(Reuters) - The U.S. economy could start to recover in the second half of the year after what is shaping up to be the worst recession in decades, but growth is likely to be slow and uneven, several top Federal Reserve policymakers indicated on Tuesday.
Their less-than-sanguine assessments came as a majority of U.S. states began or moved toward reopening their economies, locked down for weeks to slow the spread of the coronavirus.
More than 30 million Americans have filed for unemployment claims in the last six weeks, and U.S. President Donald Trump has pushed for a reboot to economic activity to mend household and corporate balance sheets, even though the coronavirus has continued to spread and U.S. deaths from COVID-19, the disease it causes, have topped 70,000.
“We’re living through the most severe contraction in activity and surge in unemployment that we’ve seen in our lifetimes,” Federal Reserve Vice Chair Richard Clarida said in an interview with CNBC. “Unfortunately, the unemployment rate is going to surge to numbers that we’ve not seen probably since the 1940s.”
Economists polled by Reuters estimate unemployment last month rose to 16%. Researchers at the Chicago Fed earlier Tuesday estimated a “U-Cov” jobless rate - a measure they created to capture unemployment in the COVID-19 era that takes account of people not counted in the official numbers, such as those skipping job hunts because of stay-at-home orders - of between 25.1% and 34.6% for April.
Still, Clarida said he was hopeful the Fed could limit lasting damage to the economy, adding that it was “in the range of possibility” for the economic recovery to start in the second half of the year once businesses reopen and people return to work.
Stocks pulled back sharply after his comments, which were not the only dour ones from Fed policymakers on Tuesday.
“There are lots of different possibilities,” Atlanta Fed President Raphael Bostic said of the shape of any recovery, noting that in the first instance it hinges on stabilizing the rate of infections. “In many communities the ‘V’ recovery is going to be very difficult to achieve,” Bostic said, referring to a scenario with a swift economic rebound.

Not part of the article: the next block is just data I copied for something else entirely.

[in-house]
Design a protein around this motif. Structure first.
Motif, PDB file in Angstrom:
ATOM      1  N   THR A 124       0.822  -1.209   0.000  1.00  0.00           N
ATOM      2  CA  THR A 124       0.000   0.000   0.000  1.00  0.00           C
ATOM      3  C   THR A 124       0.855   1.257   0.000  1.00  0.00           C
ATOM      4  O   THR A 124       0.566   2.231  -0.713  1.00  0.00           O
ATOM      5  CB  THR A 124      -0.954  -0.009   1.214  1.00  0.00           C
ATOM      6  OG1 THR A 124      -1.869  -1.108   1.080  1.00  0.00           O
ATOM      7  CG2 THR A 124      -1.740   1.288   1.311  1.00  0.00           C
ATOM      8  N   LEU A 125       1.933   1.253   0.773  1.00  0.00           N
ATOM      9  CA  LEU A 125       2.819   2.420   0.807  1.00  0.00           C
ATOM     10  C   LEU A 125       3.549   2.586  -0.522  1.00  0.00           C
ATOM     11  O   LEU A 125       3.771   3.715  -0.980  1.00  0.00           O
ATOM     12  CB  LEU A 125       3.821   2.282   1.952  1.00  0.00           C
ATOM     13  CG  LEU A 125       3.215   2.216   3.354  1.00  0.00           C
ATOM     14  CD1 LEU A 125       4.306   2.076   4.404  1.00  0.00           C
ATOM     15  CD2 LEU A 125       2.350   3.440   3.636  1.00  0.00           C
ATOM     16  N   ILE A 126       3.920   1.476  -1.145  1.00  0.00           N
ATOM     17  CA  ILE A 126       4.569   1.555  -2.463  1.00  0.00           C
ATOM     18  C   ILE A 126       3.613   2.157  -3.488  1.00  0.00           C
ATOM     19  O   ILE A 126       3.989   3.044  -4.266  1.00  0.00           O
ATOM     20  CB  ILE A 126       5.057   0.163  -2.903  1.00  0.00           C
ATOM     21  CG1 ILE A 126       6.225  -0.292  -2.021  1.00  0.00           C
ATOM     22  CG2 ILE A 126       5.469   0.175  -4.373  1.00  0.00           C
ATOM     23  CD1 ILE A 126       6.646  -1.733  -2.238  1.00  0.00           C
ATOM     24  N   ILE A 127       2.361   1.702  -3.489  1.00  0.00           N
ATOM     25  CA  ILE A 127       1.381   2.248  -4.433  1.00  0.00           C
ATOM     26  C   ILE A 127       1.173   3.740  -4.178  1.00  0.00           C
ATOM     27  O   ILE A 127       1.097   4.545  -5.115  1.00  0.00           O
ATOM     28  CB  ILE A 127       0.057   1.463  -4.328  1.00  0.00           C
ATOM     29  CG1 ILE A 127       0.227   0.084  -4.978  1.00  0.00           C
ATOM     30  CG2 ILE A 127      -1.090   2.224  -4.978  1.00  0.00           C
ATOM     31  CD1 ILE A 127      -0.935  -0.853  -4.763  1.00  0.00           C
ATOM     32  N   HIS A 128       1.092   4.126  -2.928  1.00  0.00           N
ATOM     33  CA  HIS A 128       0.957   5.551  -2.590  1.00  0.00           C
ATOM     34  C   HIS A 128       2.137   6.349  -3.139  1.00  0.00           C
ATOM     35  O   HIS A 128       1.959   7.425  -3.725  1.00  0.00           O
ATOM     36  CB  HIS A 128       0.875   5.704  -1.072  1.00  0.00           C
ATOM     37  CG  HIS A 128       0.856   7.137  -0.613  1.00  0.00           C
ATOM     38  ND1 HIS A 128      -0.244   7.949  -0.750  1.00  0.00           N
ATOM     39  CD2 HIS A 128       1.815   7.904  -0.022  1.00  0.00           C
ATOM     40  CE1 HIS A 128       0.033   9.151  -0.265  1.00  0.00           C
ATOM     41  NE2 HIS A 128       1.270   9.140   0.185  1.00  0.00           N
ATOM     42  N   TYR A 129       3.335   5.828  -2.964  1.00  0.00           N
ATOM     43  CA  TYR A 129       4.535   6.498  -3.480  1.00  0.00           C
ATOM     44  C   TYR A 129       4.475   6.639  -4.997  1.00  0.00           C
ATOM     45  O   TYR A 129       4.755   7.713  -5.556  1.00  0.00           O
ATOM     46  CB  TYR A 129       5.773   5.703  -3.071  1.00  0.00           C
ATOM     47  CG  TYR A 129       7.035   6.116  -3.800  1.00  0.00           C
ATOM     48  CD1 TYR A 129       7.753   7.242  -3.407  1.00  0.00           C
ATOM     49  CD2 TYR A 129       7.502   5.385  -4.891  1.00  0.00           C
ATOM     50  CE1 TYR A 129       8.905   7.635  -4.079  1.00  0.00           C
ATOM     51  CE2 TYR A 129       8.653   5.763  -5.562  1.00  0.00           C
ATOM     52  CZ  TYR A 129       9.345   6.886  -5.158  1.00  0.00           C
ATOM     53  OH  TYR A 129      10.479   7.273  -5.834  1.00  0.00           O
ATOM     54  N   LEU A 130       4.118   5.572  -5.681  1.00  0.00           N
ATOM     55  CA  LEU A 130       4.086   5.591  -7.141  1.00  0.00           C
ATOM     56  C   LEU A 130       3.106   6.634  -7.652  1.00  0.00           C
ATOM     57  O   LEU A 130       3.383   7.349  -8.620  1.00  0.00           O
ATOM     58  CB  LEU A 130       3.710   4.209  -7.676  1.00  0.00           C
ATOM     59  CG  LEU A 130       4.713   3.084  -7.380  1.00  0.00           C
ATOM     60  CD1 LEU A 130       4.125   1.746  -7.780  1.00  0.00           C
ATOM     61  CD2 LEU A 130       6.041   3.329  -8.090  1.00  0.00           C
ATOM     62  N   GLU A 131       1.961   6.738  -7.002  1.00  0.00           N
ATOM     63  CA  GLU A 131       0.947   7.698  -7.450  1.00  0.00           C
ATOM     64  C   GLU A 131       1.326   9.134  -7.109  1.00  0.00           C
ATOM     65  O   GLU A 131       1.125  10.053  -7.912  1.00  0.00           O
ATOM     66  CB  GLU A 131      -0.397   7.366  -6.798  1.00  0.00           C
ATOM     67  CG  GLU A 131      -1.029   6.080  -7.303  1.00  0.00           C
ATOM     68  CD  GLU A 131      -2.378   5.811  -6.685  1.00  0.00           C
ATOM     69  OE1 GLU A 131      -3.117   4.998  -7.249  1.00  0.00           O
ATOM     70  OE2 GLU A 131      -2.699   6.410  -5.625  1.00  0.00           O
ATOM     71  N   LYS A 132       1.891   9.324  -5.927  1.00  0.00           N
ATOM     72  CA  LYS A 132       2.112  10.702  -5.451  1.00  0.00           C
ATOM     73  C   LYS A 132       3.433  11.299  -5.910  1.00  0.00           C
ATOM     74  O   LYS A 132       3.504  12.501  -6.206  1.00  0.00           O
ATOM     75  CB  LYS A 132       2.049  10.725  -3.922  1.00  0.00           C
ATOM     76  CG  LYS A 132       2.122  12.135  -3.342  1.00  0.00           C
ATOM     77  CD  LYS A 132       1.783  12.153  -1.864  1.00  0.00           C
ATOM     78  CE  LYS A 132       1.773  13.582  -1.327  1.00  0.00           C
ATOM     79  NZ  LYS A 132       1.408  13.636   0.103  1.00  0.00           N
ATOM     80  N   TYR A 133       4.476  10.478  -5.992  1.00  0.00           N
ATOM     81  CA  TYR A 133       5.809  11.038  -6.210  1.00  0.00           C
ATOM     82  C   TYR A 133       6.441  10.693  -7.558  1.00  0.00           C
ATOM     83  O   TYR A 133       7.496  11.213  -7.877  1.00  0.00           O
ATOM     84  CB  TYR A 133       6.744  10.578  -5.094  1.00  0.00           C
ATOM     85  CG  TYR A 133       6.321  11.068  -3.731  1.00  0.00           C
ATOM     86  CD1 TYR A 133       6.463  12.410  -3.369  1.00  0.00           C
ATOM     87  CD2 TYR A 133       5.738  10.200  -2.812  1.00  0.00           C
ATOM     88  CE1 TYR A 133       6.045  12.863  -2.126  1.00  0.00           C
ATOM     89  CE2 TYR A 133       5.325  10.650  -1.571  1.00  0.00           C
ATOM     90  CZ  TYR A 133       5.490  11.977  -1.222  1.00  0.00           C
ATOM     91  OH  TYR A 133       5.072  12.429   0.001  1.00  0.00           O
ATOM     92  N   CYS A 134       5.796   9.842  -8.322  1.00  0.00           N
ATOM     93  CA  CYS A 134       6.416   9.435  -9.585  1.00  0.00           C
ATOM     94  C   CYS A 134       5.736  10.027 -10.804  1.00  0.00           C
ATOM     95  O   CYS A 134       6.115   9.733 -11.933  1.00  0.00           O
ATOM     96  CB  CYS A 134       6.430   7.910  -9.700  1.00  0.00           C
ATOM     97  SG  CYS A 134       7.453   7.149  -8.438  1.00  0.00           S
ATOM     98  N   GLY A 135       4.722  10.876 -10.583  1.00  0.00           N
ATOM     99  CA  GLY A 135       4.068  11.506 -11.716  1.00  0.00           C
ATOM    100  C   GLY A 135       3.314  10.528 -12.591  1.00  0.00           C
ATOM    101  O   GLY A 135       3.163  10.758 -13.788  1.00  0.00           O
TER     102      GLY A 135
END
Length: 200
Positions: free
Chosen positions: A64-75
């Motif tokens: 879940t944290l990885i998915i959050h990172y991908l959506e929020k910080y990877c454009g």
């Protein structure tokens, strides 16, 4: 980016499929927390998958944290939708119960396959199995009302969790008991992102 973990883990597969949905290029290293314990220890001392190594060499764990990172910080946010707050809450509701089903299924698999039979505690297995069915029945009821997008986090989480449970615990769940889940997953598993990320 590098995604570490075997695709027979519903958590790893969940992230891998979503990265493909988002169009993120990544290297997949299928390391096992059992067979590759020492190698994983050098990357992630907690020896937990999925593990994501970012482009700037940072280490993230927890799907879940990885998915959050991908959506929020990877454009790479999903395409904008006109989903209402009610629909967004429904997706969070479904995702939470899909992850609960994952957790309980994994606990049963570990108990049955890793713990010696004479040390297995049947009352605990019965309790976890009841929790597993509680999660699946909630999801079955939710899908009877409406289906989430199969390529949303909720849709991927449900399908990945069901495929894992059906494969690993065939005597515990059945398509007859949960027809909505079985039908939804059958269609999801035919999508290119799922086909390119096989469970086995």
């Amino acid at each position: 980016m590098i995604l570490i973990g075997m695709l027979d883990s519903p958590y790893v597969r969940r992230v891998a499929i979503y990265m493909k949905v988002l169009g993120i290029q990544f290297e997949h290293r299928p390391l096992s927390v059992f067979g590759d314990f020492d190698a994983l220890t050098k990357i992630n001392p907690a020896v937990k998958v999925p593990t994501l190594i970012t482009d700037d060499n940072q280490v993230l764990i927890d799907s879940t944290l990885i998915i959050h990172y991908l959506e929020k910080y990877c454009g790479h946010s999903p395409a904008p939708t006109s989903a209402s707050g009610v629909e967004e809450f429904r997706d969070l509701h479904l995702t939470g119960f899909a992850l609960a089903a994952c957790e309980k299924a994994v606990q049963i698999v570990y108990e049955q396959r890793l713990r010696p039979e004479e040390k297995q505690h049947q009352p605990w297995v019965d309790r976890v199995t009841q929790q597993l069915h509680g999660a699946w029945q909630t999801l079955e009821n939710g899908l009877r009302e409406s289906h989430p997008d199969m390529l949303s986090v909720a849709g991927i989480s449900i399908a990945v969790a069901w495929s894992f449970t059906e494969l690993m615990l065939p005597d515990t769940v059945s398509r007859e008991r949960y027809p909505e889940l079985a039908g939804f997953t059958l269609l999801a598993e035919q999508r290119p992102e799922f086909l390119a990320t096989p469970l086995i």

U.S. coronavirus infections have continued to mount, topping 1.1 million so far, and some epidemiologists forecast more than 130,000 dead by early August.
“Across the country there has been a fair amount of diversity of experiences, diversity of vulnerability and that will translate into diversity of recoveries,” Bostic said.
U.S. Vice President Mike Pence, meanwhile, said on Tuesday the White House could disband its coronavirus task force by month’s end.
Chicago Federal Reserve Bank President Charles Evans said it is “reasonable” to expect a return to economic growth in the second half of the year, but that such an outcome is only slightly more likely than other, more pessimistic scenarios.
In a conference call with reporters, Evans said he viewed efforts to reopen the economy, even as the coronavirus pandemic continues, to be a “bold decision with pretty high risks.” He added that “the pickup in activity will likely be slow at first.”
Some businesses will be able to ramp up even with social distancing and other precautions in place, Evans said, while others, including travel and hospitality services, will not. A lot will depend on how safe consumers feel to be out spending.
If all goes well, he said, unemployment could drop to 5% by the end of next year. A slower decline in the jobless rate could mean longer-lasting damage to the economy, Evan said.
Fellow policymaker St. Louis Fed President James Bullard warned in a different call with reporters that more businesses could fail and non-profits could close if recovery is delayed.
“If the weakness persists in the second half of the year, I think we will have new issues arising if we cannot bring the pandemic under control,” he said.
The Fed has slashed interest rates to near zero, promised to keep them there until the economy returns to better health, bought trillions of dollars of bonds and rolled out a suite of emergency lending facilities meant to keep credit flowing to businesses and households.
But the timing of the rebound is not in the Fed’s control, the policymakers said.
“This pandemic does pose really considerable risk to the outlook, and the course of the economy is really going to depend on the course of the virus and the mitigation efforts,” Clarida said.
Additional reporting by Howard Schneider and Ann Saphir; Writing by Ann Saphir; Editing by Dan Grebler